Question: Robert, my name is John S., I live in Canyon Country and recently discovered a gas leak. I had a plumber come out to make the repair. He had one of those tools that detects gas fumes, which he used following the repair to verify no other leaks, plus he put soap on the pipe. No bubbles formed from the soap but the detector emitted a tone, which alerted to gas, another leak.
This didn’t make any sense to me, how no physical leak could be found yet an alert would happen. The plumber stated that no doubt the original leak had been there so long that the ground was saturated, thus causing the alert. I am uneasy, not completely trusting that this issue is resolved. Can you weigh in and give any insight? Should I follow up with another plumber?
Answer: John, it is highly likely that your plumber is correct: The soil can absorb gas fumes and alert on a sniffer. Often the area will be left open for a couple of days following a repair to allow it to dissipate, then retested. If there was only the one leak, this will solve the alert issue.
Another way to prove that no leaks are present would be to pressurize the line with a 24-hour standing test. A plumber can cap all appliance lines, pressurize the line with air and put a meter on it. If the pressure remains the same after 24 hours, it is safe to say that there are no leaks and it is OK to proceed with closing up the repair area. If the area is still open, have the plumber return in a couple of days for a retest, so you can rest assured that the leak has been resolved. Good luck.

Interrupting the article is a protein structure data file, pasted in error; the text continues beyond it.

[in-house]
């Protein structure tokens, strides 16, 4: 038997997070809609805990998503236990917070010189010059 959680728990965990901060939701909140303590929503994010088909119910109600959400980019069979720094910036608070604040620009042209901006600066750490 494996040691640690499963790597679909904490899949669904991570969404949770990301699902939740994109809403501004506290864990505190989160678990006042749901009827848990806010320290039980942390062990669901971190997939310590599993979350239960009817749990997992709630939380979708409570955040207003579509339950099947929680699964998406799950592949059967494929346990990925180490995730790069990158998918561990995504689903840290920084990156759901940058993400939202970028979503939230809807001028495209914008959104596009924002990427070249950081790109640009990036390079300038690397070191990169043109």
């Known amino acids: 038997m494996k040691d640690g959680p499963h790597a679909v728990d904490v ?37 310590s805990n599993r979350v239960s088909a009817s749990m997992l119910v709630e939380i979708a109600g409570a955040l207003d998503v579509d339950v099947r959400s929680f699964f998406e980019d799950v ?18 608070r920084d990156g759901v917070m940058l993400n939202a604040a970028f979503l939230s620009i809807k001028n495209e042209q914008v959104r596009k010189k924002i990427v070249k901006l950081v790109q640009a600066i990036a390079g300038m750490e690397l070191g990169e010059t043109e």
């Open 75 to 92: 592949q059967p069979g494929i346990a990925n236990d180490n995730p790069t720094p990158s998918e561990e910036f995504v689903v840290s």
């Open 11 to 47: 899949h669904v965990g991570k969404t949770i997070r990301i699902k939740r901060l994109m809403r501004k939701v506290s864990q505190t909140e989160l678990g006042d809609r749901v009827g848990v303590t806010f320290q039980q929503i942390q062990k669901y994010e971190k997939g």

Robert Lamoureux has more than 40 years of experience as a general contractor, with separate licenses in electrical and plumbing contracting. He owns IMS Construction Inc. in Valencia. His opinions are his own, not necessarily those of The Signal. Opinions expressed in this column are not meant to replace the recommendations of a qualified contractor after that contractor has made a thorough visual inspection. Email questions to Robert at [email protected].